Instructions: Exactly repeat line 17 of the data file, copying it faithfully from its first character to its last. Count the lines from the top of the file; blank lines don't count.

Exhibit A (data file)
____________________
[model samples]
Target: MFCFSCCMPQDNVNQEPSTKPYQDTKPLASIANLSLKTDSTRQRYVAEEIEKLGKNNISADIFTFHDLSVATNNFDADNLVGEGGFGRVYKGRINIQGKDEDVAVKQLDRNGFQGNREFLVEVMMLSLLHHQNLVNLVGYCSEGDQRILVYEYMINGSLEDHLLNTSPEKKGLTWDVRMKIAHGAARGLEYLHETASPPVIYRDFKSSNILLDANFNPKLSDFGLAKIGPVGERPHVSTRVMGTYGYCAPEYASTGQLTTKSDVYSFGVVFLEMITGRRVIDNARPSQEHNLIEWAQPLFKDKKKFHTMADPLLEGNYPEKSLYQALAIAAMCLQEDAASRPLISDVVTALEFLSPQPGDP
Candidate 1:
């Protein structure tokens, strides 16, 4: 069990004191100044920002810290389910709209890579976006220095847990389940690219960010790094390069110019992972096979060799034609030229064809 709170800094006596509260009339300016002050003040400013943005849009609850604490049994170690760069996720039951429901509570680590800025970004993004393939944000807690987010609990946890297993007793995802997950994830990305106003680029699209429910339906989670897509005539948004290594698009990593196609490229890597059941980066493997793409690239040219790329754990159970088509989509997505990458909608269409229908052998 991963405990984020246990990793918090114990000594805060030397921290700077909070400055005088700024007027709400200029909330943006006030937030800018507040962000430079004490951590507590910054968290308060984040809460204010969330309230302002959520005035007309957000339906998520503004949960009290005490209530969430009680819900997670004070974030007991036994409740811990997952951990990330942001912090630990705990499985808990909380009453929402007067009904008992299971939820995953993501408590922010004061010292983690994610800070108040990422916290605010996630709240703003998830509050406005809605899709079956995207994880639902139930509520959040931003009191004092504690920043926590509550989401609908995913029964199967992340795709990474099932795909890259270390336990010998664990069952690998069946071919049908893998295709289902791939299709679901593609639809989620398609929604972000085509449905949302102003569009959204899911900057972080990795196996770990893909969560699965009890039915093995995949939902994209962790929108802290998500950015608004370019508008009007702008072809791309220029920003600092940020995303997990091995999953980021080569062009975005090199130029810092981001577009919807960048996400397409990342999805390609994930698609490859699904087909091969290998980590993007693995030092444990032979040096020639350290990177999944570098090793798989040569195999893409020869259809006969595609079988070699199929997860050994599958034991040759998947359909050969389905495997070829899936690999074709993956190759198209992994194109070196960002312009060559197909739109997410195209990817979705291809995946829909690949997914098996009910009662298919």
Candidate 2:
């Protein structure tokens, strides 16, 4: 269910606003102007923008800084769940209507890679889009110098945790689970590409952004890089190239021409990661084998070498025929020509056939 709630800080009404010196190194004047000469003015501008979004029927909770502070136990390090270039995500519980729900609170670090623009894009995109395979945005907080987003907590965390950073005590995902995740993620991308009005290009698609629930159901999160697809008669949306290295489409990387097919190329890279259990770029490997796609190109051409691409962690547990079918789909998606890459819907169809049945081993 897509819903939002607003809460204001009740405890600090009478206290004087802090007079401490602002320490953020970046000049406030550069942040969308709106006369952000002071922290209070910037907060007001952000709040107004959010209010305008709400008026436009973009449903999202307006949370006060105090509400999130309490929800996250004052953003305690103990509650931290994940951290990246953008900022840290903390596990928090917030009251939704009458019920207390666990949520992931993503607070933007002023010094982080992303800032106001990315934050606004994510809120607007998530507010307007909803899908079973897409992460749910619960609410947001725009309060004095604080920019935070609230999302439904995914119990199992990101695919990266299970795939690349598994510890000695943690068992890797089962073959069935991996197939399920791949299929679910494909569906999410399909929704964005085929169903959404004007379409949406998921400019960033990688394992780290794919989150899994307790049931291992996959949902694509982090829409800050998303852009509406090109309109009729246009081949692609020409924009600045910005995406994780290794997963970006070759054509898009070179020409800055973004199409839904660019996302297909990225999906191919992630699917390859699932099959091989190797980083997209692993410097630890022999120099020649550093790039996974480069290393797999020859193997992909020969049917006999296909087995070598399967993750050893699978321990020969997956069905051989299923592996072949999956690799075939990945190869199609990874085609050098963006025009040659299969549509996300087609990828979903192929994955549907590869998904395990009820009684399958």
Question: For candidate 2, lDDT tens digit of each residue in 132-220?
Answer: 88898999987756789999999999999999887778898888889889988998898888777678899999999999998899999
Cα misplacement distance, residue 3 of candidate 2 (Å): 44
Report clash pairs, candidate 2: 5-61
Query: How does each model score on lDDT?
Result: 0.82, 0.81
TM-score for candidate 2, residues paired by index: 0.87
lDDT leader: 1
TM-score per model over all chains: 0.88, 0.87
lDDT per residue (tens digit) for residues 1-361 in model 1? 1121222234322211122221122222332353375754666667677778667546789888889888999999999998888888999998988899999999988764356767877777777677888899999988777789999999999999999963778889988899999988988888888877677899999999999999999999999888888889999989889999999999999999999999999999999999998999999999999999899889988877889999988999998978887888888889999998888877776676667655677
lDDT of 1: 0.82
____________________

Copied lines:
lDDT of 1: 0.82